The dura of the brain extends as a sheath around the optic nerve and then connects with the sclera of the eye. When pressure rises in the CSF system, it also raises in the optic nerve sheath. The retinal artery and vein pierce this sheath a few millimeters behind the eye and then passes with the optic nerve into the eye itself. The high pressure in the optic sheath pushes fluid along optic nerve fibres into interior of the eye ball. The pressure in the sheath also impedes the flow of blood in the retinal vein, there by increasing the retinal capillary pressure through out the eye which results in additional retinal oedema. The tissue of the disc are more distensible and it swells – Papilledema.
Blood – Cerebrospinal Fluid Barriers
Many large molecular substances hardly pass at all from the blood into the CSF or into the interstitial fluids of the brain even though theses same substances pass readily into the usual interstitial fluids of the body. Therefore it is said that barriers like blood – cerebrospinal fluid barrier and blood – brain barriers exist between blood and CSF and the brain fluid respectively. These barriers exist both at the choroids plexus and at the tissue capillary membranes in essentially all areas of the brain parenchyma except in some areas of the hypothalamus, pineal gland and area prostema, where substances diffuse with ease into the tissue spaces. The ease of this diffusion in these areas is important because they have sensory receptors that responds to specific changes in the body fluids, such as changes in osmotically and glucose concentration; these responses provide the signals for nervous and hormonal feedback regulation of each of these factors.
In general, the blood – cerebrospinal fluid and the blood-brain barriers are highly permeable to water, carbon dioxide, oxygen, and most lipid soluble substances such as alcohol and anesthetics; slightly permeable to the electrolytes such as sodium, chloride and potassium; and almost totally impermeable to plasma proteins and most non lipid soluble large organic molecules. There fore the, blood-cerebrospinal fluid and blood-brain barriers often make it impossible to achieve effective concentration of therapeutic drugs, such as protein antibodies and non lipid soluble drugs, in the cerebrospinal fluid or parenchyma of the brain.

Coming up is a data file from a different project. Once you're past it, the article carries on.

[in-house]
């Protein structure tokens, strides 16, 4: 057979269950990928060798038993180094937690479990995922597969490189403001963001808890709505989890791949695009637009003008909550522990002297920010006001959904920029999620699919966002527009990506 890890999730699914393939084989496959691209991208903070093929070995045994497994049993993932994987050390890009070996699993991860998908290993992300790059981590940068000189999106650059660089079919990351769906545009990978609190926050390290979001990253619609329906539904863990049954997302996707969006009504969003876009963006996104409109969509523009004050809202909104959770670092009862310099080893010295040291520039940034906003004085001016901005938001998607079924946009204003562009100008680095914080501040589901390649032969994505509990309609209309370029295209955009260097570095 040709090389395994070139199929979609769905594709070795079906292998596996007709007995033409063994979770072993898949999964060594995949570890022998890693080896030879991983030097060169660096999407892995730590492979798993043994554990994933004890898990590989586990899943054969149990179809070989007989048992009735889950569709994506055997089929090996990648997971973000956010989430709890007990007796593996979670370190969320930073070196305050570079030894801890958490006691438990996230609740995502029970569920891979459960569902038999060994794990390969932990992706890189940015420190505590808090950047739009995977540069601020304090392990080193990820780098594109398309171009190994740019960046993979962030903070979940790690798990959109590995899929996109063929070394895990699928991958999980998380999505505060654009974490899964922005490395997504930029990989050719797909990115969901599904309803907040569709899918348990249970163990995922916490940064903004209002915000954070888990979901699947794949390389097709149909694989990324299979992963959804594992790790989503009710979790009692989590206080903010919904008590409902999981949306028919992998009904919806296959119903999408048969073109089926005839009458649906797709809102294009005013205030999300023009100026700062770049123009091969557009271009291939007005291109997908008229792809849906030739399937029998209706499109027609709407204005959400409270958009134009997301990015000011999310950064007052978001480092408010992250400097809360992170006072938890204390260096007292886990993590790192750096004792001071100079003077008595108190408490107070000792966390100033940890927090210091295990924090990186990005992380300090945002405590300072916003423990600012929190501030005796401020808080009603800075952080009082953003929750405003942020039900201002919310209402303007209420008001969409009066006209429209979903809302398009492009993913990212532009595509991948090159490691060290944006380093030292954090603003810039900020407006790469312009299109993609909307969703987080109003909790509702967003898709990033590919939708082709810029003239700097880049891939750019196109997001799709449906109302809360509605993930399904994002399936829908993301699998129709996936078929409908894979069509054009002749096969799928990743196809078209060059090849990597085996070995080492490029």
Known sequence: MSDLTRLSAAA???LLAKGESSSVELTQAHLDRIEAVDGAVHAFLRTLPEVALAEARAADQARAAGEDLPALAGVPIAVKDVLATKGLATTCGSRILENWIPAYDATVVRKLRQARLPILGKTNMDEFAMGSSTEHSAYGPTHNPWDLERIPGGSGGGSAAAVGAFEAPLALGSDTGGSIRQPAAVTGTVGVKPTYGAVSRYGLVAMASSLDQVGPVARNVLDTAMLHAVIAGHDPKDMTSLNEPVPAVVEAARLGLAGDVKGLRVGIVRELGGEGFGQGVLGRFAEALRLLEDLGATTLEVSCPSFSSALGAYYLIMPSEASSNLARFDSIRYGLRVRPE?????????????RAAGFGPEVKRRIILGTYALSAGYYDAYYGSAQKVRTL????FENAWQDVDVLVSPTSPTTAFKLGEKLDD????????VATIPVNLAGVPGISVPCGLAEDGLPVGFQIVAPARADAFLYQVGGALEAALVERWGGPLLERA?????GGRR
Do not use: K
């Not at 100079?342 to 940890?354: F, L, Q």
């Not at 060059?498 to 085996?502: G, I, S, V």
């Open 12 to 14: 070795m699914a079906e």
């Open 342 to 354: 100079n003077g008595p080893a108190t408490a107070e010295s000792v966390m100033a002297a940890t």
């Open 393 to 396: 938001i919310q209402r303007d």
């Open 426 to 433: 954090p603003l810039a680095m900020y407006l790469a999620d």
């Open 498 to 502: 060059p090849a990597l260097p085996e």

The cause of low permeability of the blood- cerebrospinal fluid and blood- brain barriers is the manner in which the endothelial cells of the capillaries in the barriers are joined to one another. They are joined by so called tight junctions. That is, the membranes of the adjacent endothelial cells are tightly fused with one another rather than having extensive slit pores between them as is the case in most other capillaries of the body.
One of the most serious complication of abnormal cerebral fluid dynamics is the development of brain oedema. Because the brain is encased in a solid vault, the accumulation of extra oedema fluid compresses the blood vessels, often causing seriously decreased blood flow and destruction of brain tissue.
The usual cause of brain oedema is either greately increased capillary pressure or damage to the capillary wall that makes the wall leaky to fluid. A very common cause of brain compression in which the brain tissues and capillaries are traumatized so that capillary fluid leaks into the traumatized tissues.
Once brain oedema begins it often initiates two vicious circles because of the following positive feed backs: (1) oedema compresses the vasculature. This in turn decreases the blood flow and causes brain ischemia. The ischemia in turn causes arteriolar dilatation with stiil further increase in capillary pressure. The increased capillary pressure then causes more oedema fluid, so that the oedema becomes progressively worse. (2) the decreased blood flow also decrease the oxygen delivery. This increases the permeability of the capillaries, allowing more fluid leakage. It alsoturns off the sodium pumps of the neuronal tissue cells, thus allowing these cells to swell in addition.